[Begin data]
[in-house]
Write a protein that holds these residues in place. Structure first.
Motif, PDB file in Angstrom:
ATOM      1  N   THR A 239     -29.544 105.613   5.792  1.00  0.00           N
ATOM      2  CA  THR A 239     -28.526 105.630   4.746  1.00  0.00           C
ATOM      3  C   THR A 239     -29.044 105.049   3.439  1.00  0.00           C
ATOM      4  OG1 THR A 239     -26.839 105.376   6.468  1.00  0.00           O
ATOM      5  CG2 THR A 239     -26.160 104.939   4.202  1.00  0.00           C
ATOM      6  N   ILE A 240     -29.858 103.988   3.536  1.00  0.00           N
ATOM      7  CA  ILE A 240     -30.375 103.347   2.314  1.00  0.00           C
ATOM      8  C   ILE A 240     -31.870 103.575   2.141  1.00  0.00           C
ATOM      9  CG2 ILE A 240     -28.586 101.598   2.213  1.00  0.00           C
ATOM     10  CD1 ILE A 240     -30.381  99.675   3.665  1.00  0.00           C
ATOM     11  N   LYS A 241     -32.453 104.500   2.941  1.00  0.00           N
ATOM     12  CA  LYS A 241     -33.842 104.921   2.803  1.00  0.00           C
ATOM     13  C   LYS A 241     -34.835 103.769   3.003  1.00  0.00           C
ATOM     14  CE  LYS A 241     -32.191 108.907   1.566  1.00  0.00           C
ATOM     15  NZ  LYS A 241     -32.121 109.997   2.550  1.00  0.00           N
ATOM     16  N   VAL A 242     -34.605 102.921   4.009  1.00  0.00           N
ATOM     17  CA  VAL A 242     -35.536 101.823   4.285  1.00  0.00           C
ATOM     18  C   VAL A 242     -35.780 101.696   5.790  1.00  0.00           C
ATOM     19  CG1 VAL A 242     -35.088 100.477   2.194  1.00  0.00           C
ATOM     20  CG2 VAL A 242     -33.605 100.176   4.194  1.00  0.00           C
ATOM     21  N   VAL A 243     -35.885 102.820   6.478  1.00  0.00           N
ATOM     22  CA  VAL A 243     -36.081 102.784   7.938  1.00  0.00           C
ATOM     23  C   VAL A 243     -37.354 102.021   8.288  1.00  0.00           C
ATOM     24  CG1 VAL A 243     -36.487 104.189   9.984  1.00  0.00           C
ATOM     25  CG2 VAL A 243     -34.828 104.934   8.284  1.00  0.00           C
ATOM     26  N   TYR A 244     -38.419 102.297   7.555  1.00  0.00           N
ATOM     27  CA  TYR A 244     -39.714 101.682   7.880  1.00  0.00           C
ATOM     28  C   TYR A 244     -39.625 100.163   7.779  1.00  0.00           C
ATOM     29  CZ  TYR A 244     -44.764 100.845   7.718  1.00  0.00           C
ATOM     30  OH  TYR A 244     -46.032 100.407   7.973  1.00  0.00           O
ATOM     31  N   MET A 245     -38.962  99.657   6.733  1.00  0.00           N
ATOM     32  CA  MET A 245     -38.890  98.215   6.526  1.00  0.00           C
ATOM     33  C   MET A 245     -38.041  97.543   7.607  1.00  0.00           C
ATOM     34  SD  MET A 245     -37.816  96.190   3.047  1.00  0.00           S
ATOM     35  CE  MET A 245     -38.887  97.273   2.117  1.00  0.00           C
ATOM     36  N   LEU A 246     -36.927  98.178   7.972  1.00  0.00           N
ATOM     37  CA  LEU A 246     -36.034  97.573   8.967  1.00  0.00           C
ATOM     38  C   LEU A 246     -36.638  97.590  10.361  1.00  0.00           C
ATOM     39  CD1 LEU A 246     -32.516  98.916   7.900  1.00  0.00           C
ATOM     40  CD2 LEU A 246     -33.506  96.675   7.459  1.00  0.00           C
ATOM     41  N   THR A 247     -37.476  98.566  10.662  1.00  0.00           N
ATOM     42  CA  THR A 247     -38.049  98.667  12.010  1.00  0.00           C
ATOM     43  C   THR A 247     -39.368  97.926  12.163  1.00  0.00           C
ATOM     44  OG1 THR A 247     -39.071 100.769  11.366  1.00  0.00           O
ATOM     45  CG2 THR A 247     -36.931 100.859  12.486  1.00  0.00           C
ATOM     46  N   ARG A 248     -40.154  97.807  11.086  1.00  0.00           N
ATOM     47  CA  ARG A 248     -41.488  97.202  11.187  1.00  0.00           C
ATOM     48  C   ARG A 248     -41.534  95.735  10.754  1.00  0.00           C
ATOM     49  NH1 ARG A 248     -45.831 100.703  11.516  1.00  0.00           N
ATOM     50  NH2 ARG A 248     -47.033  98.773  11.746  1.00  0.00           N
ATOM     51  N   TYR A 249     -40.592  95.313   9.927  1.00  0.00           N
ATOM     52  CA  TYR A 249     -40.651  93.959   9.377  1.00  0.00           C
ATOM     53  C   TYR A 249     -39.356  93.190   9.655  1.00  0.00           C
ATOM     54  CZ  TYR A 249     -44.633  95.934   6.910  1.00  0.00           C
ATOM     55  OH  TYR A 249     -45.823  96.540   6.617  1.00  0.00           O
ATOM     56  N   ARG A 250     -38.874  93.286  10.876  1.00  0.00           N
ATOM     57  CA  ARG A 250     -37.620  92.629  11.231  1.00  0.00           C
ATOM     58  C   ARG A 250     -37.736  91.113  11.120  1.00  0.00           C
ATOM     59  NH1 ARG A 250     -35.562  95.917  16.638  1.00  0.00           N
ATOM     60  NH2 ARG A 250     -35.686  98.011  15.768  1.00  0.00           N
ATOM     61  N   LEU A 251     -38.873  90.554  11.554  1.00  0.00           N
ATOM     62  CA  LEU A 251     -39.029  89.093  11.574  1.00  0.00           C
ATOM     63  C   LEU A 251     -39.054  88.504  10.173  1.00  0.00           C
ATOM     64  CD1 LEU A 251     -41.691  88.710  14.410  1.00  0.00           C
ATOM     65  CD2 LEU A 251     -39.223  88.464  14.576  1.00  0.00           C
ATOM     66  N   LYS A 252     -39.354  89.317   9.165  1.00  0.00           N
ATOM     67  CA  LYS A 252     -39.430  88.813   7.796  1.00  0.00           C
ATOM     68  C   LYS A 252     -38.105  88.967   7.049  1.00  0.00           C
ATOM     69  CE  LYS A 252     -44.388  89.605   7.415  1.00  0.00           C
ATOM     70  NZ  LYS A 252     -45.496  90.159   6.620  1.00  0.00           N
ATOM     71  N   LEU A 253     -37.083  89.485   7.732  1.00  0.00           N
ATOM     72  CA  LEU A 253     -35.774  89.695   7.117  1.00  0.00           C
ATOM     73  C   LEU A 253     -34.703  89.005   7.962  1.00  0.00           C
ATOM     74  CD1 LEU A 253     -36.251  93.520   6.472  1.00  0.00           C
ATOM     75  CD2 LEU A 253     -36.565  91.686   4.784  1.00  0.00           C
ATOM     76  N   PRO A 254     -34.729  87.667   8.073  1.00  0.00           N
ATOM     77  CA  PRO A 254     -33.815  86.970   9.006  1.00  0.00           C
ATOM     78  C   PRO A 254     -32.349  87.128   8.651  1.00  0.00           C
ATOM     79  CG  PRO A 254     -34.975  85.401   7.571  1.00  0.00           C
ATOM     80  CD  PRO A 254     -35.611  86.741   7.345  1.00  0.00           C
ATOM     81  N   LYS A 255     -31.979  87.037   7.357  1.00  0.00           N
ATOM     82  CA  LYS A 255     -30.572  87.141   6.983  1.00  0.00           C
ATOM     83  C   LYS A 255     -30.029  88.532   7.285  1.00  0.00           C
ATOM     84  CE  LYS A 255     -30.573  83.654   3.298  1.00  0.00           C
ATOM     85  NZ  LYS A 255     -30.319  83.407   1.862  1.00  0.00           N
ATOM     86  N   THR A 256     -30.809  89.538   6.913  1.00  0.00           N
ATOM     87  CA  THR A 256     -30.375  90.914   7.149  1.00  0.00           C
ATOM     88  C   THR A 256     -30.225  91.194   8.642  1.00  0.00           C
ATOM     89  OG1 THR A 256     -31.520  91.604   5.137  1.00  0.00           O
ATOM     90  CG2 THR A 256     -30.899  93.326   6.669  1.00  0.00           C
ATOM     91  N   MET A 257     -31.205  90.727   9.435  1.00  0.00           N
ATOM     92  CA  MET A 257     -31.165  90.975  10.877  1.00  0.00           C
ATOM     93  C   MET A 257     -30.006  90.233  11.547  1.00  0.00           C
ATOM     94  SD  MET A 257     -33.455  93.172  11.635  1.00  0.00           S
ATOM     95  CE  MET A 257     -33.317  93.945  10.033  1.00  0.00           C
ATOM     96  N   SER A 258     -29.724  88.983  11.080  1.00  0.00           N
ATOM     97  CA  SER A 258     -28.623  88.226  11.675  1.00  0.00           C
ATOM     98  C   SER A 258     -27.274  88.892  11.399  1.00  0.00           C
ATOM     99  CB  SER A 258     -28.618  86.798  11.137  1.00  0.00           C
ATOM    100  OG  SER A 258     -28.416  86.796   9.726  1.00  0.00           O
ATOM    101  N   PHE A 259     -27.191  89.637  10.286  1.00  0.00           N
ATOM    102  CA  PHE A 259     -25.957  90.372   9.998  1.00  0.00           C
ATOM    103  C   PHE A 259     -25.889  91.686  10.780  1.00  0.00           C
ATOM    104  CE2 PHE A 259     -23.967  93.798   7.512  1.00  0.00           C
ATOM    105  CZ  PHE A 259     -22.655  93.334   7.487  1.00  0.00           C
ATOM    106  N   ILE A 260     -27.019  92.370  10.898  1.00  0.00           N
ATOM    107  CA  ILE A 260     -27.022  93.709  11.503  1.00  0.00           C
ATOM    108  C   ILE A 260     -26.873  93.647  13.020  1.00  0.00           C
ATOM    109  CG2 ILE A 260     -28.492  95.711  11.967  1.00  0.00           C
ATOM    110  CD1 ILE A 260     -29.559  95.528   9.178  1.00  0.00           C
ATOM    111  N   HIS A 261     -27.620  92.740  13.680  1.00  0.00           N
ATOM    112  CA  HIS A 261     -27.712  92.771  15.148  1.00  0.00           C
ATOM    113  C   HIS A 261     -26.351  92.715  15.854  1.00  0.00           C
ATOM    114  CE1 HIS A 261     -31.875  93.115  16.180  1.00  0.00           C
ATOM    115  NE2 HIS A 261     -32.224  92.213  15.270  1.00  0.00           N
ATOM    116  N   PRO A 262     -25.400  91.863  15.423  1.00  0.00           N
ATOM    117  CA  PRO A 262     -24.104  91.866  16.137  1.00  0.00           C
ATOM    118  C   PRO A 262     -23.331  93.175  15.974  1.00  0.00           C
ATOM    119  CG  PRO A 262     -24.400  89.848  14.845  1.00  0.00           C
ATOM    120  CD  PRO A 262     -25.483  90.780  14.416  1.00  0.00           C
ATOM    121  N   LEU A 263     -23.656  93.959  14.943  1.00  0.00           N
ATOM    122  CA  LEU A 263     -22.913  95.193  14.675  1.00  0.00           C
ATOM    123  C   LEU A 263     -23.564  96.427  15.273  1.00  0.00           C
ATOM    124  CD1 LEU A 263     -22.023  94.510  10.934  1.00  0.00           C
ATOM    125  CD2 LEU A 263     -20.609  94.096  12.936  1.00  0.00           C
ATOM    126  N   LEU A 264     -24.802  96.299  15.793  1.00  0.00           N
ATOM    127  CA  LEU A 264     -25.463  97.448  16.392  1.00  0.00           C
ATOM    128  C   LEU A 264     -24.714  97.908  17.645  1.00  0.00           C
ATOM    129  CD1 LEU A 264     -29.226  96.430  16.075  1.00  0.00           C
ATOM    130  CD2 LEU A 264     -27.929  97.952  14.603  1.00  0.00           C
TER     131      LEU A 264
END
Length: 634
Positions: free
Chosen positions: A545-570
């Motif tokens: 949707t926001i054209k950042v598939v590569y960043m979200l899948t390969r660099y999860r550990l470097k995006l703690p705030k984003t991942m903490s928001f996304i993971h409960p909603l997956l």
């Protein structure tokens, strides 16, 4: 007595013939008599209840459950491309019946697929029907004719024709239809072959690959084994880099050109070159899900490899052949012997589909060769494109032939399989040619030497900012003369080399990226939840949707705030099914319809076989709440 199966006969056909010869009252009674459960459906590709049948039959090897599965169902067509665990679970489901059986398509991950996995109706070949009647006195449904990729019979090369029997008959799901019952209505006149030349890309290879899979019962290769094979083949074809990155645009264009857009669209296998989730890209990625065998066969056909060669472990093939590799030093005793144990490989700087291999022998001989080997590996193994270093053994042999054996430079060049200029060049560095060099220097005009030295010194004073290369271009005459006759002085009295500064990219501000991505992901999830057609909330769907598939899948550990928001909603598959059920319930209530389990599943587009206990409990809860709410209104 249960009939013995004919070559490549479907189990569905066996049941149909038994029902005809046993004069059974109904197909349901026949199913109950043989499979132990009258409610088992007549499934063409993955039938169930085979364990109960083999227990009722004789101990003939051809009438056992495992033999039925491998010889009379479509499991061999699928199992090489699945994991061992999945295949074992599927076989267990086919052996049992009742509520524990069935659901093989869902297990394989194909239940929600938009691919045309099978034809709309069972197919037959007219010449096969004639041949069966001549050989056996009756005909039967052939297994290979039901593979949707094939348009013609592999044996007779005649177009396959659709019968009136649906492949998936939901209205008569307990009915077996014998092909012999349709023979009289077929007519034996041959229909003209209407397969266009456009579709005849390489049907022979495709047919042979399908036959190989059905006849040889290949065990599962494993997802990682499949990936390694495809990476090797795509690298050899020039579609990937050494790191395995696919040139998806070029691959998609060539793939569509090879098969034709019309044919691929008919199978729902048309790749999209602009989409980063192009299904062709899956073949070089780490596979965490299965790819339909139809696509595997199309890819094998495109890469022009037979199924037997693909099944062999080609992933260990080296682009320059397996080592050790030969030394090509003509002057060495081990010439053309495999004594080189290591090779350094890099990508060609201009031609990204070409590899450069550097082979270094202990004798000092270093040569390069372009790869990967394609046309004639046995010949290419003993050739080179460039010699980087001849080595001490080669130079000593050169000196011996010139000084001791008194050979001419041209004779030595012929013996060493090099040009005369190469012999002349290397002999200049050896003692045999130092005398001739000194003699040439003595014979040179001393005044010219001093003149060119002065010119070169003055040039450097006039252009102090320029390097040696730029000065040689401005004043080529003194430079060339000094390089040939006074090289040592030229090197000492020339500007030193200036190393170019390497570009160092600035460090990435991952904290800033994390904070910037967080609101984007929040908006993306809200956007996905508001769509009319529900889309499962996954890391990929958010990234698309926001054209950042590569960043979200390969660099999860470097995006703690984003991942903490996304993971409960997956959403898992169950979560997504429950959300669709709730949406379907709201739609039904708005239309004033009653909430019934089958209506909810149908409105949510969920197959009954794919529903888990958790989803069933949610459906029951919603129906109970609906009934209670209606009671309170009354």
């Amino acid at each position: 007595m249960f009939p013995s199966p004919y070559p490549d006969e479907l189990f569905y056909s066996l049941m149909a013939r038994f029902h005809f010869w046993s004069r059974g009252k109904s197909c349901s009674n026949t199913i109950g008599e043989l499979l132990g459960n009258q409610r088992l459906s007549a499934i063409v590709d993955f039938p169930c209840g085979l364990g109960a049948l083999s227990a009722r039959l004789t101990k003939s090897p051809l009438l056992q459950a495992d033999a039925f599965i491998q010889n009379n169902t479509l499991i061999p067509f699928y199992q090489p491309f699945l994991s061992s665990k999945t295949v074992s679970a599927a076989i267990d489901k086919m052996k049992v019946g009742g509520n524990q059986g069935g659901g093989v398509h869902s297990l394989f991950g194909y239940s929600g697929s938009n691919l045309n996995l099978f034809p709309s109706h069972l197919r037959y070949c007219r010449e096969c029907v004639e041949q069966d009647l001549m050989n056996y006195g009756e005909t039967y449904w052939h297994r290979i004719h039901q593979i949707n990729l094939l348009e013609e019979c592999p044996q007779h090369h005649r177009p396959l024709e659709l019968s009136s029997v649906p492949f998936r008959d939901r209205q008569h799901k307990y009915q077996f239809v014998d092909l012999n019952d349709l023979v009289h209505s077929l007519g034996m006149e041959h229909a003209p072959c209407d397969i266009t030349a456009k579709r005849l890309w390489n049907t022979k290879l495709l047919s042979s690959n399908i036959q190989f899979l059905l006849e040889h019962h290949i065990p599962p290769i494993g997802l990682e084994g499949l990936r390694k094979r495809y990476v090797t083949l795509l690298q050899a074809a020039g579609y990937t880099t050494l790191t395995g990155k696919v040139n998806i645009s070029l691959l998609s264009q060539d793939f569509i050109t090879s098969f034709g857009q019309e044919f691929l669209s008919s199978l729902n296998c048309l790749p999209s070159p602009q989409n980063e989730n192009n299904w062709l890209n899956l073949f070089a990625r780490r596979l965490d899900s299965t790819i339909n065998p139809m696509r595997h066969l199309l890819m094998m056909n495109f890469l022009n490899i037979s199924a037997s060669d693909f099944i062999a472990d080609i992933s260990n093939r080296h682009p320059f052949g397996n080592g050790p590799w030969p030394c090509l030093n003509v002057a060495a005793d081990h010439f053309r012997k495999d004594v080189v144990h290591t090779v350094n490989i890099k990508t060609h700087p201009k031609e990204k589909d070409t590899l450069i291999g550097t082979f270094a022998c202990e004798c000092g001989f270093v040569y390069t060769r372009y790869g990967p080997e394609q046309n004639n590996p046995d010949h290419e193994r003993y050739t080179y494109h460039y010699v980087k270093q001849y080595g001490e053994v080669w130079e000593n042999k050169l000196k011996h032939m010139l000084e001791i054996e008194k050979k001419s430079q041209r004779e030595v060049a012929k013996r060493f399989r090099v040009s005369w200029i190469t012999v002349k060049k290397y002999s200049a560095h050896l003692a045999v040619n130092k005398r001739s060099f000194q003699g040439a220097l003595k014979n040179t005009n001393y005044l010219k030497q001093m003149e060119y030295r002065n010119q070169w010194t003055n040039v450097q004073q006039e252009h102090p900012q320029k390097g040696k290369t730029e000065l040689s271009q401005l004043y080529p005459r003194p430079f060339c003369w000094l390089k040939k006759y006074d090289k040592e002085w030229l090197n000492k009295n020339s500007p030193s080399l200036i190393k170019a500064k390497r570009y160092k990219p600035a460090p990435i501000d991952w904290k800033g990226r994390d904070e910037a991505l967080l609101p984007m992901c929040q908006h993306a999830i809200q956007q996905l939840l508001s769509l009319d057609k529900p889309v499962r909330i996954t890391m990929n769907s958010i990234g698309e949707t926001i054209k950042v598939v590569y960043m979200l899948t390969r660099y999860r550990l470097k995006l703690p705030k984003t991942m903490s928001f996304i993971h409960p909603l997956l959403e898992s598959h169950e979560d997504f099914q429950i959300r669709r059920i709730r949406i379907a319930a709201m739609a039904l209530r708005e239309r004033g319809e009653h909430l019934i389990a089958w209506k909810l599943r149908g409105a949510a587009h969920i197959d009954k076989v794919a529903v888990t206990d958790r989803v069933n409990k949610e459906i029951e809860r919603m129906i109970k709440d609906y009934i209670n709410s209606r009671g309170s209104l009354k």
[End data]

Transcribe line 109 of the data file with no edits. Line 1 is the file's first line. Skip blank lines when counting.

ATOM    106  N   ILE A 260     -27.019  92.370  10.898  1.00  0.00           N